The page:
What is the name of your blog?
Tell us a bit about yourself
I am a sustainable fashion advisor and in 2009 I launched Rewardrobe, London’s first Slow Style Consultancy. I created Rewardrobe out of my passion for Slow Fashion, which comes from my relationship with fashion that I nurtured while growing up in Italy – a nation whose long-standing high-quality manufacturing traditions are in complete antithesis with the whole idea of fast fashion. Cheap brands have hit Italy too, but more recently and with less impact than in the UK. So when I moved to London I saw the opportunity to bring my point of view and my experience to people in the UK who are interested in a more mindful approach.
I work with clients to advise them on how to match their personal style with a more conscious view of fashion, and I also work with brands to help them communicate their ethical values through various platforms.
What are your views on ethical fashion?
Ethical fashion can be many different things – it’s about the materials used, or the way garments are manufactured, but it’s also very much about how garments are perceived, and therefore used and maintained by the wearers. This is why I advocate the concept of Slow Fashion: it’s about a holistic approach to quality and style, about re-evaluating the value of what we buy, and having a reason to buy clothes other than that they’re available and affordable.
An informed consumer might do extensive research about the fabrics, or how fairly workers who made their clothes are paid, but not everyone goes so in-depth yet. At a more general level, I want to communicate a new philosophy that’s about taking a step back from fast and furious shopping, and placing the emphasis back on quality, manufacturing, the experience of shopping for one’s own style, and cherishing what we already have rather than wanting more and more.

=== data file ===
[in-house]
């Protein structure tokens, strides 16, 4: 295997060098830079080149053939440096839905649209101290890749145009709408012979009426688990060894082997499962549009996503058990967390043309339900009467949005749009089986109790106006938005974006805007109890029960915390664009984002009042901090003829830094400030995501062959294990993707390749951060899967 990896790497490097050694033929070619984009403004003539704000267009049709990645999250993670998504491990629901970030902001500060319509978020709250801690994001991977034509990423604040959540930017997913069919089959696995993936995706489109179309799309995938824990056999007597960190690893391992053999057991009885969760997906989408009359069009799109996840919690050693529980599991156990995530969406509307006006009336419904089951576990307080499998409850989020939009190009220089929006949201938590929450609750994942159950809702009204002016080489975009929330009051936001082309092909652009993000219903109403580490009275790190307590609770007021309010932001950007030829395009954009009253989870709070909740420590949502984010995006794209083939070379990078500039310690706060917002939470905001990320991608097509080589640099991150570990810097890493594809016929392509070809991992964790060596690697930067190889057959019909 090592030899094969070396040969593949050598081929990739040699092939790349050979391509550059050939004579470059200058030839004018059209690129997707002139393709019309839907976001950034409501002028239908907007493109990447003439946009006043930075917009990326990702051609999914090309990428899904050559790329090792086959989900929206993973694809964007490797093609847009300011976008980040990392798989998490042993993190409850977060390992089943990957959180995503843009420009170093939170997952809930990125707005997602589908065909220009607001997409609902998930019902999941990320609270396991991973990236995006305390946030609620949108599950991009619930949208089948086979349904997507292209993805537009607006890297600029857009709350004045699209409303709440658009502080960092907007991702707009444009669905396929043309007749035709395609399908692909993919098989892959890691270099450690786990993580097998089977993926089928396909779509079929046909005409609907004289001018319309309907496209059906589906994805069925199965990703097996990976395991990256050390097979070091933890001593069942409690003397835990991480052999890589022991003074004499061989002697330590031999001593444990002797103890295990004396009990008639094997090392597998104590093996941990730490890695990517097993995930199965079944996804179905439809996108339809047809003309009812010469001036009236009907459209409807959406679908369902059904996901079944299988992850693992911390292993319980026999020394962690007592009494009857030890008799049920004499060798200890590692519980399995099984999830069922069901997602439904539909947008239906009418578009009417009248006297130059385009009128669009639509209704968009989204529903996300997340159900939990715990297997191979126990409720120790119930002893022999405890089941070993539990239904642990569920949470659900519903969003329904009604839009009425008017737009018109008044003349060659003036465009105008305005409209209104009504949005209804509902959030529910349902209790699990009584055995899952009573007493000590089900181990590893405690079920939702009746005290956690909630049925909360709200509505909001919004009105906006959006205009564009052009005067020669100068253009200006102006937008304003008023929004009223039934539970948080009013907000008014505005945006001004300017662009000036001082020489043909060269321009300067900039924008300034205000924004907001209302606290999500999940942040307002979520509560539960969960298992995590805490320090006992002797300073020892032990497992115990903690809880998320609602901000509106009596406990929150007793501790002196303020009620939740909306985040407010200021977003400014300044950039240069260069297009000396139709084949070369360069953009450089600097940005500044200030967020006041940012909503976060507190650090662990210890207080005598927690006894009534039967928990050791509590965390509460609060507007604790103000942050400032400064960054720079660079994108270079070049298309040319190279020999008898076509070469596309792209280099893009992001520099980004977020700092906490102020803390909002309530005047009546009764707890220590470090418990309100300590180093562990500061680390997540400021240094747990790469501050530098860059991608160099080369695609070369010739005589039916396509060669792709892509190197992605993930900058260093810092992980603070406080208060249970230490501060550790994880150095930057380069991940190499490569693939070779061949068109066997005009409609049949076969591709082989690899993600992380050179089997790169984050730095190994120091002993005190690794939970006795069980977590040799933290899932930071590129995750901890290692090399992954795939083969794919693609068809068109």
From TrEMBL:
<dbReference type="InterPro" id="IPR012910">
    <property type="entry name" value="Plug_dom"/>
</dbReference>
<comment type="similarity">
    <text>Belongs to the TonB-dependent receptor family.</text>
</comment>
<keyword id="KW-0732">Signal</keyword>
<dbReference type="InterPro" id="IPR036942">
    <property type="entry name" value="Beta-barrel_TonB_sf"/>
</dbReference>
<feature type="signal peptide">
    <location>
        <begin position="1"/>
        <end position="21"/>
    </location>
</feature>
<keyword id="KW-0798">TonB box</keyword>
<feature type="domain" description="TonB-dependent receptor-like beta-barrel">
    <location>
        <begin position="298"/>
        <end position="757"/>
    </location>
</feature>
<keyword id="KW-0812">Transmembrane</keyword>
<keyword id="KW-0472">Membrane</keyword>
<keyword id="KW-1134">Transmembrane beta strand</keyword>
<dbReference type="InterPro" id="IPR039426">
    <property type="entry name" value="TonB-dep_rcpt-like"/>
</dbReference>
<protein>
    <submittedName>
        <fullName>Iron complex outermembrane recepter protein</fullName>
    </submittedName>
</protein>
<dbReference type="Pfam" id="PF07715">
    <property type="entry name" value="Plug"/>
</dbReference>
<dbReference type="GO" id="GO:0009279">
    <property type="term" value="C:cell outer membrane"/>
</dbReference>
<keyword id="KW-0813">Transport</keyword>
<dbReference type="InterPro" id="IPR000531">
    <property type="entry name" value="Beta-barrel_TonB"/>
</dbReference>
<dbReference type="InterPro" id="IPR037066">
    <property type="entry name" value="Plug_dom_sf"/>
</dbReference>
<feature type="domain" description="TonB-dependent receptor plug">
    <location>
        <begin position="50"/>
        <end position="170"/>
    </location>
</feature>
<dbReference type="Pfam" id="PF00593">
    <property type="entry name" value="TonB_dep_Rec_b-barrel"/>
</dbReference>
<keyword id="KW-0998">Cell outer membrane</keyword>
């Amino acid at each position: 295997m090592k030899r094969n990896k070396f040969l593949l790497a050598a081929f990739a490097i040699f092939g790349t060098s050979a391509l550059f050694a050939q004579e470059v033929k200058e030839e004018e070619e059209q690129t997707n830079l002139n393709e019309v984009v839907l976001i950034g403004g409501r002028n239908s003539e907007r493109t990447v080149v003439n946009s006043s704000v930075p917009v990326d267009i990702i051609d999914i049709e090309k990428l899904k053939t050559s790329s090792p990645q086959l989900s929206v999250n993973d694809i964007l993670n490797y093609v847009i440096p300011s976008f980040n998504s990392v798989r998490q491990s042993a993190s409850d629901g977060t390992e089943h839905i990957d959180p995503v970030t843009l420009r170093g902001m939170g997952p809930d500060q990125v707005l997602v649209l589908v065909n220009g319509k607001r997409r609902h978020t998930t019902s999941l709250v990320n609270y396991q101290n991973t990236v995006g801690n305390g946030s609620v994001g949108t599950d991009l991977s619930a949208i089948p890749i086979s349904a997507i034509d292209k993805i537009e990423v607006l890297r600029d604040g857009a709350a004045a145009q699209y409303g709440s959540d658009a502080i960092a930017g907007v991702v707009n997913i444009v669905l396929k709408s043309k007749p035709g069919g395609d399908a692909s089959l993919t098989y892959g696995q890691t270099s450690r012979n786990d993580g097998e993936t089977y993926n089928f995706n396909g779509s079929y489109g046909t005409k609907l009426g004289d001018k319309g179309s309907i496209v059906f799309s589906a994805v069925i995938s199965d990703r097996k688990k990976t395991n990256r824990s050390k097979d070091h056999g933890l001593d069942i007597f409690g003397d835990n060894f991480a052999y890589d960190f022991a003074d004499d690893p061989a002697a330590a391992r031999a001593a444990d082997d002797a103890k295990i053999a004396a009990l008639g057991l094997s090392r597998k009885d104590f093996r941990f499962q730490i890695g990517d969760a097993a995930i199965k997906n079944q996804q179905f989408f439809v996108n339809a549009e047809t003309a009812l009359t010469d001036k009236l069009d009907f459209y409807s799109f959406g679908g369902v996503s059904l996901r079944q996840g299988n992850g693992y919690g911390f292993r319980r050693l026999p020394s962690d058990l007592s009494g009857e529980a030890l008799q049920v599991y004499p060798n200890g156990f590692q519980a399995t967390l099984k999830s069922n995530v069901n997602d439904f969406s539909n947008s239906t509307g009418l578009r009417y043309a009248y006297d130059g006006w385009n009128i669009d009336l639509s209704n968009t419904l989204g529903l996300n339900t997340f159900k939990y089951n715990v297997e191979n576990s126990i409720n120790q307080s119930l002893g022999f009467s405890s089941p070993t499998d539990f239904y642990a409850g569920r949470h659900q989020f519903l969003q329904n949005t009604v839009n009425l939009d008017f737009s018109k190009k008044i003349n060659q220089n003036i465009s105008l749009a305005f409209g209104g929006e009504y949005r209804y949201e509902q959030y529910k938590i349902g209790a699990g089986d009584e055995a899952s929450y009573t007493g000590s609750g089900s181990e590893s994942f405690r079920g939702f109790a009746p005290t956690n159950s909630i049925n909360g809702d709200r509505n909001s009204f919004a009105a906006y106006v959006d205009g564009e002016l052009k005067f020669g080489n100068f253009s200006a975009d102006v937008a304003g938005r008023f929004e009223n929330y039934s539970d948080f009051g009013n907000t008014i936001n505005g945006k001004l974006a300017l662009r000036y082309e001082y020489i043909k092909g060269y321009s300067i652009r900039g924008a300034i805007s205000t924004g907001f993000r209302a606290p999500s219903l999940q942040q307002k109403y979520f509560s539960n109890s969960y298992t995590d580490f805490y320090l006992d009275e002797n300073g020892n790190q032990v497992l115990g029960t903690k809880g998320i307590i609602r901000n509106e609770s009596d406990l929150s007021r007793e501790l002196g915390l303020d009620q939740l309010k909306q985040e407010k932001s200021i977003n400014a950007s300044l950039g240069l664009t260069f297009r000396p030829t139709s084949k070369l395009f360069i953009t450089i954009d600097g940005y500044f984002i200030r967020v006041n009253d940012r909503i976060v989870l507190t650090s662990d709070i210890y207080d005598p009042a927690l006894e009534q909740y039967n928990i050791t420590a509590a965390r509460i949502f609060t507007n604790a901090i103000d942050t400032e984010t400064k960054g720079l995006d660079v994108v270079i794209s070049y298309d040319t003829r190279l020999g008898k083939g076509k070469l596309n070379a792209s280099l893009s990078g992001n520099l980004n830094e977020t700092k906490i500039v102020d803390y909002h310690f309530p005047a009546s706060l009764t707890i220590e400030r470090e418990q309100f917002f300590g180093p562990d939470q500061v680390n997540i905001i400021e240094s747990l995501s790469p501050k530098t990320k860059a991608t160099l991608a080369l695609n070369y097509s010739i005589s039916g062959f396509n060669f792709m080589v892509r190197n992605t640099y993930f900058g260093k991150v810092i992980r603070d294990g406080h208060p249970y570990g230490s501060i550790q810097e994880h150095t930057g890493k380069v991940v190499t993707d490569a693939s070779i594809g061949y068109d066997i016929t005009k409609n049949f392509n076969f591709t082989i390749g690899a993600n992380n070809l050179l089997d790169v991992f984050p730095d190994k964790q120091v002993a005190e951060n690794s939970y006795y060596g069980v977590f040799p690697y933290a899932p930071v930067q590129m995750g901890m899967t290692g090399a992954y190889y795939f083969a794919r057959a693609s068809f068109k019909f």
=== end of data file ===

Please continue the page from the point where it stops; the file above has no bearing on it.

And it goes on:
What is your favourite piece from the Fashion ComPassion website?
The Red Sindoor Durri Necklace By Inaaya- I am mad about necklaces, the bolder the better! This is suitably big for my taste, and it shows great traditional skills in the way it’s made.
Tulip Black Bag By GUNAS - The classic bag every woman needs: it can be comfortable and useful but it doesn’t compromise on beauty, quality or ethics.
In the past year and a half, I have been working on a side project called Up-Wardrobe, aimed at promoting upcycled fashion and designers. I have collaborated with a number of designers, giving them the challenge to upcycle old clothes from my own wardrobe.
I have recently shown the pieces for the first time in Manchester, at an event organised by the Stitched Up collective in partnership with Recycle For Greater Manchester. My picture is by the official photographer at the event. I am pictured with a head piece by Hatastic! and a neckpiece by Lumoi.
Other designers involved in the project so far are: